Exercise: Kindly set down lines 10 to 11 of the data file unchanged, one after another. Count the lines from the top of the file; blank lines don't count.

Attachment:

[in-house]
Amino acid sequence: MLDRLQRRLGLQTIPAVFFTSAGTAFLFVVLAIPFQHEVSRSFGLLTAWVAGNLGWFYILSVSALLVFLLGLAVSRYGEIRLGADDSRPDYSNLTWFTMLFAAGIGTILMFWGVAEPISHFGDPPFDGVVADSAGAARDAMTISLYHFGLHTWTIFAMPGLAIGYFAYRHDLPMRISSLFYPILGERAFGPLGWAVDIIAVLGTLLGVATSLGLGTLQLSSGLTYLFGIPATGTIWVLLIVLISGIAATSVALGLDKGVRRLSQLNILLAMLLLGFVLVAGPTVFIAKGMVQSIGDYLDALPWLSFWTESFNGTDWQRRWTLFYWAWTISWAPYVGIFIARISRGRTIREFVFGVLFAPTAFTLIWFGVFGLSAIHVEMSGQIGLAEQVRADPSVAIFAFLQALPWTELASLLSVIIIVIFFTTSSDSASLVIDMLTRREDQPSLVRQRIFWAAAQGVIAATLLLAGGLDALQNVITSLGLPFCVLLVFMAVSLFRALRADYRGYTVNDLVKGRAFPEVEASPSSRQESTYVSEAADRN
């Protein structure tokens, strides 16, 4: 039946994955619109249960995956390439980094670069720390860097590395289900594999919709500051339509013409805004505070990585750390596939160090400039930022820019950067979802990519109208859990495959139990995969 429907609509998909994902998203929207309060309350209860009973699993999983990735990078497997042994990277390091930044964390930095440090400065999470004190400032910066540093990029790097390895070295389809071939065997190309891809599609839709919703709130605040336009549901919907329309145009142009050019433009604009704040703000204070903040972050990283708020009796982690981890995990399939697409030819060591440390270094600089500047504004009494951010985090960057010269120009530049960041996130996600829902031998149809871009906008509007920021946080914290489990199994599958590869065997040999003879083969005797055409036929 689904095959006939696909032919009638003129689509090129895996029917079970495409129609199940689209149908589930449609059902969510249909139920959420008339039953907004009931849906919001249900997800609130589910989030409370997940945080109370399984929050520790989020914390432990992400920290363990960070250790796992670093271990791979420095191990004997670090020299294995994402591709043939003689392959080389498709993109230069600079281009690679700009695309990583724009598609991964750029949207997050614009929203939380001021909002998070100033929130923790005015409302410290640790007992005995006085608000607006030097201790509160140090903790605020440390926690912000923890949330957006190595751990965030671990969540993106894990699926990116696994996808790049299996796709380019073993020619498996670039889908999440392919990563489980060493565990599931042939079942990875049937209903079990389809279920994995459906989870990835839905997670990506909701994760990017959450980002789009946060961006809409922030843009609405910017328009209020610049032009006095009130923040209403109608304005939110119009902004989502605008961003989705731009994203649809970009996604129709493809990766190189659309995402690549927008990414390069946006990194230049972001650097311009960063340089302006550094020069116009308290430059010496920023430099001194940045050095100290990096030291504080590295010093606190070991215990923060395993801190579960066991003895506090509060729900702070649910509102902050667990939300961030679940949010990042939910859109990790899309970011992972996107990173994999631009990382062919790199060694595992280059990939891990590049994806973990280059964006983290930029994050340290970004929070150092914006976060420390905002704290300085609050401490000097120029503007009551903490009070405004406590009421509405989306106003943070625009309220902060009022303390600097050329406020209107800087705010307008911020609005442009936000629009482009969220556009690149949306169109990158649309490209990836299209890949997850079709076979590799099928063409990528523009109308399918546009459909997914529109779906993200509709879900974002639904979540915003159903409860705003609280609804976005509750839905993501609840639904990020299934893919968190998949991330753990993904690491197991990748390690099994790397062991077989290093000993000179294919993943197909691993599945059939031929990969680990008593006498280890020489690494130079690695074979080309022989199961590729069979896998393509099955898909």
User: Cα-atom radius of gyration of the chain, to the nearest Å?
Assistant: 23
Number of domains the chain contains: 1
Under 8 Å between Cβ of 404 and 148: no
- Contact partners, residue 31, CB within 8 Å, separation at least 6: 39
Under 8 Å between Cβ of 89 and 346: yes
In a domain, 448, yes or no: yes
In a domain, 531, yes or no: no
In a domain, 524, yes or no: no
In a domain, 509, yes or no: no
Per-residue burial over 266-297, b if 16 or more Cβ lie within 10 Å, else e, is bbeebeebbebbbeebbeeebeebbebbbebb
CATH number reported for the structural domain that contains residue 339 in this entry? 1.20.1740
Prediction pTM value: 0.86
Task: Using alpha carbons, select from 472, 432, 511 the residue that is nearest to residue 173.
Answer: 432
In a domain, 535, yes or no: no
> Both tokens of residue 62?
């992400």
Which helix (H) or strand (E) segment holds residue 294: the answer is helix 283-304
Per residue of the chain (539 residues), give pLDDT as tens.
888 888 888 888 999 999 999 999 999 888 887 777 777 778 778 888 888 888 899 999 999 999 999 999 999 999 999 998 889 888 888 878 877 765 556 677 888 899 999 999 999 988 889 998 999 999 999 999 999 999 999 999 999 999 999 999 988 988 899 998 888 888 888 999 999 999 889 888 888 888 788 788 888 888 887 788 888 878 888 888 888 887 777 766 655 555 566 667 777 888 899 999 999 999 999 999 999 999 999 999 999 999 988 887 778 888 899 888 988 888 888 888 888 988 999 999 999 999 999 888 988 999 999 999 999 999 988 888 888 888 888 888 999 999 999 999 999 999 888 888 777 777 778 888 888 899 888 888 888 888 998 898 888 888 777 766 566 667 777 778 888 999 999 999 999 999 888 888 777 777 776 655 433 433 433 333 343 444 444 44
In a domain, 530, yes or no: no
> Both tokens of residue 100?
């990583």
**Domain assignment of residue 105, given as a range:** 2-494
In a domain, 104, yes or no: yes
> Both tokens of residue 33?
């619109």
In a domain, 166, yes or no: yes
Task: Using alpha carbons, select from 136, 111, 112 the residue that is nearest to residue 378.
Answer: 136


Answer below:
In a domain, 448, yes or no: yes
In a domain, 531, yes or no: no